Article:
Shareholders drag CommBank to court over climate change failure
Cameron Jewell | 9 August 2017
Amid accusations of repeatedly breaching money laundering laws that may have led to the funding of terrorism, the Commonwealth Bank has found itself in yet another saga, now being dragged to court by angry shareholders for failing to adequately disclose climate change risk.
Proceedings have been filed in the Federal Court by Environmental Justice Australia on behalf of shareholders Guy and Kim Abrahams, who allege that by not disclosing the risks climate change poses to its business, the bank failed to give “a true and fair view” of its financial position and performance in its 2016 annual report, as required by the Corporations Act.
The shareholders also allege that the 2016 directors’ report did not inform investors of climate change risks faced by the bank.
Alleged risks include those related to financial assistance given to the Adani Carmichael mine.
“The Adani Carmichael coal mine project in Queensland, and whether it was being or would be funded by CBA, was a matter of substantial controversy and concern in Australia; and CBA knew or ought to have known of that controversy and concern, and that the provision by CBA of any form of financial assistance or funding for Carmichael posed, and continues to pose, material or major risks (including reputational risks) to its business,” the notice of filing states.
According to Environmental Justice Australia, it is the first case in he world by shareholders to test how banks should disclose information about climate change risk in annual reports.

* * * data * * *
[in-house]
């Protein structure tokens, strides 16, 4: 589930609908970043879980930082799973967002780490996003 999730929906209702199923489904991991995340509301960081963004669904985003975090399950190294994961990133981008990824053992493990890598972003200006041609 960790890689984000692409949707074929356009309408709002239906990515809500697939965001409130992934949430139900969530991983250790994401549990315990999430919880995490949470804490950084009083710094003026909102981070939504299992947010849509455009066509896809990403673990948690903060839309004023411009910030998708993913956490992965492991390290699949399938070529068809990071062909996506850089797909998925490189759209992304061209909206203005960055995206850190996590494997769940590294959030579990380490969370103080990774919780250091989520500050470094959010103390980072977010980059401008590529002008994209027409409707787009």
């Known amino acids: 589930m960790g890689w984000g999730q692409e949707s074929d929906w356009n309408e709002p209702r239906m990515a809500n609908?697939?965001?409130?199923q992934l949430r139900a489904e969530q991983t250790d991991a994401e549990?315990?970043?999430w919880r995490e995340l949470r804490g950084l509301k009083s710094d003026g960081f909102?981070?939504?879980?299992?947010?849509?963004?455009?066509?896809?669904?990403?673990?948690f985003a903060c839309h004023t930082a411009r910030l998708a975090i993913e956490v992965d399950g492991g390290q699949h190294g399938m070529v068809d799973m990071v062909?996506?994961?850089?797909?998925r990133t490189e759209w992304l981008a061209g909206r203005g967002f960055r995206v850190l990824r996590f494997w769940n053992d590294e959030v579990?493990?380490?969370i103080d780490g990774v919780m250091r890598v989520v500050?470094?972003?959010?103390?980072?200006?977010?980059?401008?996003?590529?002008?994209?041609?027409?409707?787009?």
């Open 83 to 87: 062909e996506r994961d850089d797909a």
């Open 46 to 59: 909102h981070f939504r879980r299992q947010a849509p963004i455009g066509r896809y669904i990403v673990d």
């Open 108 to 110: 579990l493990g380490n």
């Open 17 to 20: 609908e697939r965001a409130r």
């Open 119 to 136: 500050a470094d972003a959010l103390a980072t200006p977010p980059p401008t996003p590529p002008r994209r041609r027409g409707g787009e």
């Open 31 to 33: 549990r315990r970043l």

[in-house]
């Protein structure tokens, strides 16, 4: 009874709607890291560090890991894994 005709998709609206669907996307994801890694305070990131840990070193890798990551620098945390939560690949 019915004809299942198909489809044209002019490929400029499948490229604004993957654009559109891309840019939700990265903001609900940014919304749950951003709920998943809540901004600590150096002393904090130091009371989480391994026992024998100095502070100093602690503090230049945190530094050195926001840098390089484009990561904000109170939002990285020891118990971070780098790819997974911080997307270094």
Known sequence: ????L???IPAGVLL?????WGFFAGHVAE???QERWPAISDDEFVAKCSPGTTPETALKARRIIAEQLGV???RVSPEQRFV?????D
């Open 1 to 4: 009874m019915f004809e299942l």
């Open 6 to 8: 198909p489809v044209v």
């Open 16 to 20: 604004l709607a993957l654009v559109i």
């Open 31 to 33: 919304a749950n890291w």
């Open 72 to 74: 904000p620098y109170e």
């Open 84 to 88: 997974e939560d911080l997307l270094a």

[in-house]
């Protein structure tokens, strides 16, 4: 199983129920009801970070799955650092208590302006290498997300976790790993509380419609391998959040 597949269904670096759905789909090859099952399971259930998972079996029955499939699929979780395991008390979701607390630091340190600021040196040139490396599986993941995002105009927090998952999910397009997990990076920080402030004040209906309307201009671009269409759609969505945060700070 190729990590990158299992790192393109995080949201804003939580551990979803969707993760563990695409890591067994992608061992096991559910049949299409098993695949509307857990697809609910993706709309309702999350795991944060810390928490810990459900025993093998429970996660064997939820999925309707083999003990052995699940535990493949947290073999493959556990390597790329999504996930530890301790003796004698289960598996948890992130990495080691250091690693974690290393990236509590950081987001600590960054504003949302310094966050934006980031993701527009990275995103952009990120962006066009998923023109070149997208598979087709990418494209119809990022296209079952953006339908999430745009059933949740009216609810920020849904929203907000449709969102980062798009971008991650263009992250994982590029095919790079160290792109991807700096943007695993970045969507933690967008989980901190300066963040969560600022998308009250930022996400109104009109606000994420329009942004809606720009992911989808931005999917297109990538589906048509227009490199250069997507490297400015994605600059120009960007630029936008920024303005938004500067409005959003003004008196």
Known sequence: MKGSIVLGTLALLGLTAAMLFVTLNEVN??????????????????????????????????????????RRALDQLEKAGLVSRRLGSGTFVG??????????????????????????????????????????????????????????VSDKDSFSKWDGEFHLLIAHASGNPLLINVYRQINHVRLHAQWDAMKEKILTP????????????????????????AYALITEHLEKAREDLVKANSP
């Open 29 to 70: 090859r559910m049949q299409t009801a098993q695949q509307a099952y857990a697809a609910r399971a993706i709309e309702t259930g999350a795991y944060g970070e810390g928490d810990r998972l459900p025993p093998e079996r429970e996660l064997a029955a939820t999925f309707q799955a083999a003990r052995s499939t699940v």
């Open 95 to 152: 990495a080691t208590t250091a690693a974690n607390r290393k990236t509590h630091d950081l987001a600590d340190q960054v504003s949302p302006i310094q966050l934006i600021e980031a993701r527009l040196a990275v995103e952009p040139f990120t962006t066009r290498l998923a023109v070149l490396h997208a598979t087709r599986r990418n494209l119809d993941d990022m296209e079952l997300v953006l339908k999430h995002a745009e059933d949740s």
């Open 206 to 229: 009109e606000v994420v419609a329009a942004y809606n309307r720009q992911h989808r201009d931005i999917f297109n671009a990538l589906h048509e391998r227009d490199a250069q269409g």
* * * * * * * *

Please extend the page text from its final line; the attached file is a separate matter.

“We believe the matter is of significant public interest,” lawyer David Brandon said.
“It should set an important precedent that will guide other companies on disclosing climate change risks.”
Mr Abrahams said the couple had bought Commonwealth Bank shares 20 years ago as an investment in their children’s future.
“We are deeply concerned about the serious risks that climate change poses to the environment and society,” he said.
“The bank should tell investors about the risks climate change will have on its business.”
Ms Abrahams said as Australia’s biggest company, the bank should be a leader in responding to climate change, and should accurately report risks to shareholders.
In a statement, the Commonwealth Bank said it understood climate change was a topic of public and shareholder interest, and was committed to play its part in limiting climate change to well below 2°C in line with the Paris Agreement.
However, it said it rejected the assertion that it had not met the Corporations Act requirements.
“Commonwealth Bank takes its statutory reporting obligations very seriously and rejects that the 2016 Annual Report is not compliant with those statutory reporting obligations,” it said.
The case follows statements by Australian Prudential Regulation Authority executive director Geoff Summerhayes, which pointed to a legal opinion that found “company directors who fail to properly consider and disclose foreseeable climate-related risks to their business could be held personally liable for breaching their statutory duty of due care and diligence under the Corporations Act”.
The Commonwealth Bank on Wednesday posted a yearly profit of $9.93 billion.